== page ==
“Well Groomed” is a new DOGumentaty that will debut in December exclusively on HBO. Director Rebecca Stern spent one year in the world of competitive dog grooming; vibrant, creative, spectacular and slightly eccentric, it is a world in which dog lovers are dedicated to transforming their beloved pooches—mostly poodles—into living sculptures. The show takes viewers into this glittery subculture of Americana, and tells an extraordinary tale of pets, families, friendships and the glory of creativity through a bright prism of color.
The show was based on a 60-minute film that gained a cult following last year due to its mix of memorable canine and human characters. The show is a platform that provides an extended and in-depth view of this industry.
Recently Director Rebecca Stern discussed the project via an exclusive interview.
Meagan Meehan (MM): How did you discover your love for documentaries and why did you decide to focus on the world of dog grooming?
Rebecca Stern (RS): I never planned to be a filmmaker. It wasn’t until I moved to New York and met documentary filmmakers that I even really understood that this was a career people could have. Once I began working within filmmaking, however, I fell in love with it – the fast-paced nature, the creativity, the problem-solving and storytelling. It was a similar story to how I chose to focus on dog grooming – I’d always had a lot of pets growing up and am a huge animal lover, but didn’t know very much about how these animals were groomed (I’d always had Labs, who likely should have been groomed I know now…). But I was looking for a way to learn more about filmmaking and also find a story that I could have a little fun with along the way. Dogs seemed like the perfect fit! And then I saw a picture of creative dog grooming and instantly had to know more.
MM: How did you find your way into the documentary industry?
RS: After moving to New York City, I’d initially tried to work in publishing, but found that I would need to be an intern for several years and I just couldn’t afford to do that. So, I was looking for any job that might keep me in the city for longer. I got a job working with a documentary filmmaking on his film that was just about to premiere in theaters. I ended up working with him for about a year and a half through the production of his next film and through the process learned a little about all the phases of distribution and production. I was fascinated, and after that I looked for more jobs in the industry and eventually became an independent producer.
MM: How did you find the people to feature in “Well Groomed”?
RS: Once I learned about creative dog grooming, I realized there must be an entire world around grooming dogs. It was like an “ah-ha” moment. So, I connected with the cinematographer Samantha Panger (who shot my short film by the same name) and we went to our first Barkleigh Productions show in Pasadena, CA called GroomExpoWest. There, I met quite a few creative dog groomers, including Adriane Pope, Angela Kumpe, and Cat Opson. It wasn’t until about three years later that I met Nicole Beckman, also at a dog show.
MM: What were some of the craziest and/or most memorable things you saw/heard during filming?
RS: Filming is always crazy so there’s too many to choose! We giggled a lot while making “Well Groomed” – in fact joy is the very essence of the film. One of the most memorial was filming Cat Opson’s poodle, Kobe, on the cliffs of California. It’s the image that many use for the film. We had to climb onto the rocks and get as close to the waves as possible to really capture the was the dinosaurs on Kobe looked against the almost pre-historic cliff faces. Alexander Lewis, the feature film’s cinematographer almost fell into the ocean with the camera (which we were renting and definitely couldn’t afford). Meanwhile, there were crowds of people watching us and the tide was coming in. I was so glad when it was over and everyone was safely on dry land, but the image is totally worth it.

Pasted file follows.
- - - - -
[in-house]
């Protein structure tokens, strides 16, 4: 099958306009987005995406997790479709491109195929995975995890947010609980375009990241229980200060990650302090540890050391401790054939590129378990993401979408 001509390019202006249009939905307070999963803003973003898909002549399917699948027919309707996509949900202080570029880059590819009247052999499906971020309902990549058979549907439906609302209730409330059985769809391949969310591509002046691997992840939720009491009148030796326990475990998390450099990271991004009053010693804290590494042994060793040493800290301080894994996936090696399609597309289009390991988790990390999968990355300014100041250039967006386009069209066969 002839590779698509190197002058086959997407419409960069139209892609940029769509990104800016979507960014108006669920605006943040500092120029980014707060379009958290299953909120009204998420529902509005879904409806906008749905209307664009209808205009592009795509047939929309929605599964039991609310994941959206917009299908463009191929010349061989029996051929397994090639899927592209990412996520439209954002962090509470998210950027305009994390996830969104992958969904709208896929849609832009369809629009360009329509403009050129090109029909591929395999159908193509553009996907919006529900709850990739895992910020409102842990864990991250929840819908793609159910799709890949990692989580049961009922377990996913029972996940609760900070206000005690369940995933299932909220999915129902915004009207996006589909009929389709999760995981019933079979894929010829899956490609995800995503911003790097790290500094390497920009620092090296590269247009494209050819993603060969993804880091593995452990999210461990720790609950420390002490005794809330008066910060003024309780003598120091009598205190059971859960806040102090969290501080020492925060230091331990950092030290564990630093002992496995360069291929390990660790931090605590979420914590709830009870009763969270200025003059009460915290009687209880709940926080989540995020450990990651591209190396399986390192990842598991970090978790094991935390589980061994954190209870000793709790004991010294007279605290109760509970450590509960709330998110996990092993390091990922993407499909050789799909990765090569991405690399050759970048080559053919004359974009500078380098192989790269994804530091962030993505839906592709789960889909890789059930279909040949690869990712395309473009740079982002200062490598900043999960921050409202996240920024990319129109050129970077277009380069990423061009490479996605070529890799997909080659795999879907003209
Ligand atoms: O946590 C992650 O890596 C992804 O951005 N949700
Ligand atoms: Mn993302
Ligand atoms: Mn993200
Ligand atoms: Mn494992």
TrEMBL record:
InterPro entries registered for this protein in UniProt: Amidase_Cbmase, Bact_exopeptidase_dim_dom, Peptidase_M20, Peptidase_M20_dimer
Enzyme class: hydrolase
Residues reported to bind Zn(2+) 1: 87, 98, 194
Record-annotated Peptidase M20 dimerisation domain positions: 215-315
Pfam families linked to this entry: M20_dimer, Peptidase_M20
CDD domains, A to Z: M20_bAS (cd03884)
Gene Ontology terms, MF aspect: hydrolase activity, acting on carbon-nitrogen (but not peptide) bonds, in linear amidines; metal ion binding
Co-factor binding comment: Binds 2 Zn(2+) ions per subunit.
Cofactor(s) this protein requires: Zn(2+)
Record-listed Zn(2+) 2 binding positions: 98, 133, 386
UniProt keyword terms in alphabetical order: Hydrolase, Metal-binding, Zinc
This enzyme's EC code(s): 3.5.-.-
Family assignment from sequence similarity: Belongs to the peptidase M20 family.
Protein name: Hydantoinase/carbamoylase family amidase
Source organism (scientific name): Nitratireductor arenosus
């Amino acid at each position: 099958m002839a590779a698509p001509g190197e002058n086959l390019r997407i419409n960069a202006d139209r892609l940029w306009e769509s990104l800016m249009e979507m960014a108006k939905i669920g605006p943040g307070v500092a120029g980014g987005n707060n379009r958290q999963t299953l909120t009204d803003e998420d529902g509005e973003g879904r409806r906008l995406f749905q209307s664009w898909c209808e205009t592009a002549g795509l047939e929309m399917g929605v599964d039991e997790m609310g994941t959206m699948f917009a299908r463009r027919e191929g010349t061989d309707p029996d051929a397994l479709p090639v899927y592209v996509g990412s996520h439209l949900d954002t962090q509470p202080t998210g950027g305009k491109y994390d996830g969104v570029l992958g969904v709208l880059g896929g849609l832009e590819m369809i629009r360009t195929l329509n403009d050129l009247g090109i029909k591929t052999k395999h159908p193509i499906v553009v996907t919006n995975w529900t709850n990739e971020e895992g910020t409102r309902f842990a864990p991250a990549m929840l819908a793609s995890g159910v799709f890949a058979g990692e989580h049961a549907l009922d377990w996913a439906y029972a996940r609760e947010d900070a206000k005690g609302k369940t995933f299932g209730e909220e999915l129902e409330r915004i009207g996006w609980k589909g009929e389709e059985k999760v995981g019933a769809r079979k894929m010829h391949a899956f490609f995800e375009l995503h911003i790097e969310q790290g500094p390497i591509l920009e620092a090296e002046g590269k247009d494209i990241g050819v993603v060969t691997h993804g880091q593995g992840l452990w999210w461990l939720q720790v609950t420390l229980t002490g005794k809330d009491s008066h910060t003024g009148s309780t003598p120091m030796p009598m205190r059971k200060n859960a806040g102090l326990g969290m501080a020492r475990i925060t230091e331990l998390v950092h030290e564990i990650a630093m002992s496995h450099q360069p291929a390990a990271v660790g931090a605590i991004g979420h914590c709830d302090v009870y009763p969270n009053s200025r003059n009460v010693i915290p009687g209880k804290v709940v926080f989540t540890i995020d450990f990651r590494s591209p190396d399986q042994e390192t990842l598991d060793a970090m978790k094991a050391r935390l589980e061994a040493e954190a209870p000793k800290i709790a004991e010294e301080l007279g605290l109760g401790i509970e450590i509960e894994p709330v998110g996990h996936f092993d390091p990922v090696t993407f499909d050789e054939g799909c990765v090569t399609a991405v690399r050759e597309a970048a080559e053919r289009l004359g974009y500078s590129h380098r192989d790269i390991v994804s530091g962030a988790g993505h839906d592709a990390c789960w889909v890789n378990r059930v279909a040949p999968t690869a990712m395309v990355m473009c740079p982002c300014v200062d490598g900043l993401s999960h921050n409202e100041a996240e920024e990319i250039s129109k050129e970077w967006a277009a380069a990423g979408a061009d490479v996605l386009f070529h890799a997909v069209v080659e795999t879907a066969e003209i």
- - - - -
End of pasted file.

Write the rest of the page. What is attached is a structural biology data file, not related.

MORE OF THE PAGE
MM: How long did it take to film and how did you secure the locations and the distributor?
RS: The film took roughly four and a half years between the short film and the feature film. For the feature, we filmed it over seven months and then edited over another seven months. Documentaries take a really long time to make… after so much work, I’m thrilled we found a home with HBO Sports!
MM: What’s your favorite part of the documentary and why?
RS: That’s like choosing your favorite child. I love different parts in each and every scene, but I especially love the moments where we just get to sit with the grooming in the competition scenes. It builds anticipation but the montages also key into how peaceful and soothing the grooming can be for the groomers and the poodles.
MM: What other films have you made and what are they about?
RS: “Well Groomed” is the first film I directed. It’s been a really wild ride and as a first-time female director, and pretty stoked to have gotten the film made (huge props to my fellow producers in doing so). I’m also a documentary producer, and have been involved in the production of films that have gone onto Netflix and PBS, and been distributed internationally.
MM: What are your ultimate career goals and what other topics might you cover via a documentary in the future?
RS: You know, I’m still figuring that out! I’ll let you know when I know.
MM: What new projects are coming up for you soon?
RS: I’m currently producing two feature documentary films and a short documentary. All are in various stages of production but they range in topics from urban development to a pet turtle.
MM: Is there anything else that you would like to add?
RS: Please watch “Well Groomed” on HBO! It premieres on December 17th at 9pm. You can see the official trailer below.